This letter is written to the descendents of my great-grandfather Abdul Haqq, but I write openly to share my thoughts with others who also seek answers.
My great-grandfather was born into a fundamentalist Muslim family in what is today Pakistan. At the age of seventeen he decided to abandon the Islamic faith of his ancestors for Christianity, which provided him with satisfactory answers to his outstanding spiritual and philosophical questions. Though he gave up his family and fought through more hardship than I will ever know, he stayed true to himself, his beliefs, and his own convictions.
On my own spiritual journey I have found much of traditional Christianity to be philosophically and metaphysically unsound. I do not reject Christianity outright, but I summarize my criticisms of traditional Christian theology in five statements:
(1) I do not believe in any concept of sin that eternally separates us from God and requires redemption.
(2) I do not believe that humanity was begat by two historical persons named Adam and Eve.
(3) I do not believe that literacy is a prerequisite for salvation.
(4) I do not believe that supernatural beings meddle in human affairs or tinker with the universe.
(5) I do not believe in the persistence of individuality after death.
I cannot accept the tenets of an evangelical Christian tradition that considers proselytization as the greatest career, and I cannot accept any Christian theology that starkly contradicts evidence in the physical world. I therefore offer four statements of positive belief for a modern Christian faith:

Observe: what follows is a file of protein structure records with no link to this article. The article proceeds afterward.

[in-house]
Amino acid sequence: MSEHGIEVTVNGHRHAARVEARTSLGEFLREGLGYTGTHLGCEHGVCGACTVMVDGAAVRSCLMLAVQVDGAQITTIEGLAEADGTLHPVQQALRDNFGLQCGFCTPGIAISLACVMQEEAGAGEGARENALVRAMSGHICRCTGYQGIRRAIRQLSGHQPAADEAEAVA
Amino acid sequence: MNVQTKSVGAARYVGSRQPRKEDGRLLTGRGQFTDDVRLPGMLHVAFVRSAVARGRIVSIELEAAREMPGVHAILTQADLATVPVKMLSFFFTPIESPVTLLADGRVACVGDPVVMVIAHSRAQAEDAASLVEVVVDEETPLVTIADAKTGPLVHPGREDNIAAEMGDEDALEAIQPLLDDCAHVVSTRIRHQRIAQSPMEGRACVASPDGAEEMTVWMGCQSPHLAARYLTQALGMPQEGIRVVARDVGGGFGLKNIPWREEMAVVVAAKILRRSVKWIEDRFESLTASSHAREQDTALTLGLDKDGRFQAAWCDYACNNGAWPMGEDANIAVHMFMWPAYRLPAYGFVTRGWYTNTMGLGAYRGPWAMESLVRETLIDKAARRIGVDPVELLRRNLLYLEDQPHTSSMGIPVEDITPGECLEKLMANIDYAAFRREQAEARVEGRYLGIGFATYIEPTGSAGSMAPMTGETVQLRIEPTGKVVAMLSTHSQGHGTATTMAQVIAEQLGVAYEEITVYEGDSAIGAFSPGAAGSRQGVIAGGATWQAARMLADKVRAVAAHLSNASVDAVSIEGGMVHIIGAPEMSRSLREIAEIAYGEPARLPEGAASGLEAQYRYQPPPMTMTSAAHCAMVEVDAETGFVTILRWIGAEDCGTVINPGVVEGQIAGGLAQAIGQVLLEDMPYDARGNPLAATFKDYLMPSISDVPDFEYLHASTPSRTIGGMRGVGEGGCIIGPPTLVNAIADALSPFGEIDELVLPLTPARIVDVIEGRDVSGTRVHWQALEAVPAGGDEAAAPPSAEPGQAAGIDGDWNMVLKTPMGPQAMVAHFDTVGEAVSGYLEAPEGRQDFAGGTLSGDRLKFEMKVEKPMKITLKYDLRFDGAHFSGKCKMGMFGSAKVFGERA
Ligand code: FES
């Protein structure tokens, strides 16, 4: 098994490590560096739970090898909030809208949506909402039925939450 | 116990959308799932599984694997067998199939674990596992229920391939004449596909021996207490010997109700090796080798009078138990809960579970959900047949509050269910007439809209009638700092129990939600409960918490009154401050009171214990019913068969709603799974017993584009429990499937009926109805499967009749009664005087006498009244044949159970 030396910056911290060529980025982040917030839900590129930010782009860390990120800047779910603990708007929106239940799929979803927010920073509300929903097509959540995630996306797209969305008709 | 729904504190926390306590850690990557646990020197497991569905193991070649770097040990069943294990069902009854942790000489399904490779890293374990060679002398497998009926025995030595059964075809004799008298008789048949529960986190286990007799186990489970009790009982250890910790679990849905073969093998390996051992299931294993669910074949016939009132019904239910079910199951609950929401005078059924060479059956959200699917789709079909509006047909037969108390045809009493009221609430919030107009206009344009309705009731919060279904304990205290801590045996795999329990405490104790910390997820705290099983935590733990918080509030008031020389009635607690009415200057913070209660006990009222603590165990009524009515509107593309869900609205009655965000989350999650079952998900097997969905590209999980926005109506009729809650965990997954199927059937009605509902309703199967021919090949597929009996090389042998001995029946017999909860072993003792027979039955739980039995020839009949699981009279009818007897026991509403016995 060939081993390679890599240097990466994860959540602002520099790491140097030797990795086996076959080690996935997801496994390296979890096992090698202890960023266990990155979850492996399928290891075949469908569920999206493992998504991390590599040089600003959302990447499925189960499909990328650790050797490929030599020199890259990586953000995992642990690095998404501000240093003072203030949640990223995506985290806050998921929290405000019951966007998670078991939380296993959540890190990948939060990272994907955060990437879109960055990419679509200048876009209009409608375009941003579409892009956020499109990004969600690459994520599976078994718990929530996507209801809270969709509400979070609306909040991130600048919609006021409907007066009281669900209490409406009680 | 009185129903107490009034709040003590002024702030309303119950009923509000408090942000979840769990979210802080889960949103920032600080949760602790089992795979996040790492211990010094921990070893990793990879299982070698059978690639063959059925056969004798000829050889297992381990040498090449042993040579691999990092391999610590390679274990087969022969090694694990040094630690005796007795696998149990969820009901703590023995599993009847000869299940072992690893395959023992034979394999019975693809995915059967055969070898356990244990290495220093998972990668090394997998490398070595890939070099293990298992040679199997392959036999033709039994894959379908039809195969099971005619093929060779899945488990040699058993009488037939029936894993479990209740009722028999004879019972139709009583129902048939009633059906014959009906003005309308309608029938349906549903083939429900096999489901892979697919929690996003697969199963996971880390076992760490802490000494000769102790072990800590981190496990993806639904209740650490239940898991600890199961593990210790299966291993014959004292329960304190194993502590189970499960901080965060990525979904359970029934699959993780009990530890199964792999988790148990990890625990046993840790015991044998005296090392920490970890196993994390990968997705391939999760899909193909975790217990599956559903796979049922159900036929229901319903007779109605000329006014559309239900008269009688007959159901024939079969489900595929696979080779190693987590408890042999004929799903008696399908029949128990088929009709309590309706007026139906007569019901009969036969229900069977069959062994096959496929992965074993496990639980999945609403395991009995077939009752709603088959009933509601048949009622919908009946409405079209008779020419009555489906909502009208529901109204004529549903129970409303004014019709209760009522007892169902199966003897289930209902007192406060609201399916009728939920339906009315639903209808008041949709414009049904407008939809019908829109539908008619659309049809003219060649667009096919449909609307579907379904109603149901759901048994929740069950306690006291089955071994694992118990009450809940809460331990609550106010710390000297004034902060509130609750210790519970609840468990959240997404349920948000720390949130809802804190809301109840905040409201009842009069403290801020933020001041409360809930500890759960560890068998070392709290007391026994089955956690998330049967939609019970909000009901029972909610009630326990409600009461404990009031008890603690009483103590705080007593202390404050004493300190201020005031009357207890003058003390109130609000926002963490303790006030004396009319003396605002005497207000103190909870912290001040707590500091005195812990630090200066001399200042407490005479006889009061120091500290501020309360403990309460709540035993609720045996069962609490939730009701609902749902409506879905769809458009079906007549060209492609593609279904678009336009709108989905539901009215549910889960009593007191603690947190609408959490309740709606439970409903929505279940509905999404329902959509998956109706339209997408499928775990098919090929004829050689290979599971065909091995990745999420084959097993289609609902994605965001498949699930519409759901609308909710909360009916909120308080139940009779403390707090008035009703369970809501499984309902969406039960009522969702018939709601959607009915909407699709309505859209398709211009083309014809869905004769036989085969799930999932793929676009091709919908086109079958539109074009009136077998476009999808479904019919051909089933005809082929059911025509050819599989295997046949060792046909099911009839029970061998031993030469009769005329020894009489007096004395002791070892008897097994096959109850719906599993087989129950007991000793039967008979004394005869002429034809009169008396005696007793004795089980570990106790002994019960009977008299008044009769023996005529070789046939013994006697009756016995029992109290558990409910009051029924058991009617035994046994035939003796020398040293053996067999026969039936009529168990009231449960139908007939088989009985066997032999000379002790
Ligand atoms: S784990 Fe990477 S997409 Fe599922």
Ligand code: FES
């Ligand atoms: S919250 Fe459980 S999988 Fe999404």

(6) I believe that all of life, and the entire universe, is connected in ways that science can only approximate and may never fully understand.
(7) I believe that scripture and tradition can contain Truth that does not depend on historicity.
(8) I believe that living in the moment of our present lives is more important than fixating on thoughts of an afterlife.
(9) I believe that following Jesus’ example means to share our table as equals with our fellow human beings.
Christianity as practiced today is irrelevant for many people because it is slow to adapt to new knowledge about the world. One hundred years ago Christianity provided a lifeline for my great-grandfather to escape an Islamic tradition that stifled him; but the insistence on conformed and enmeshed beliefs caused his descendants to cling fearfully to this brand of Christianity rather than continue the process of questioning that he began.
I write this letter in order to be true to myself, my beliefs, and my own convictions, with the hope that my words may resonate with some of you who read this. In the gospel of Matthew, Jesus compares the “kingdom of heaven” to a merchant who seeks after fine pearls (13:45-46). Our quest for Truth is similar, and—like the merchant—we should never be afraid to give up a flawed pearl for one of much greater value.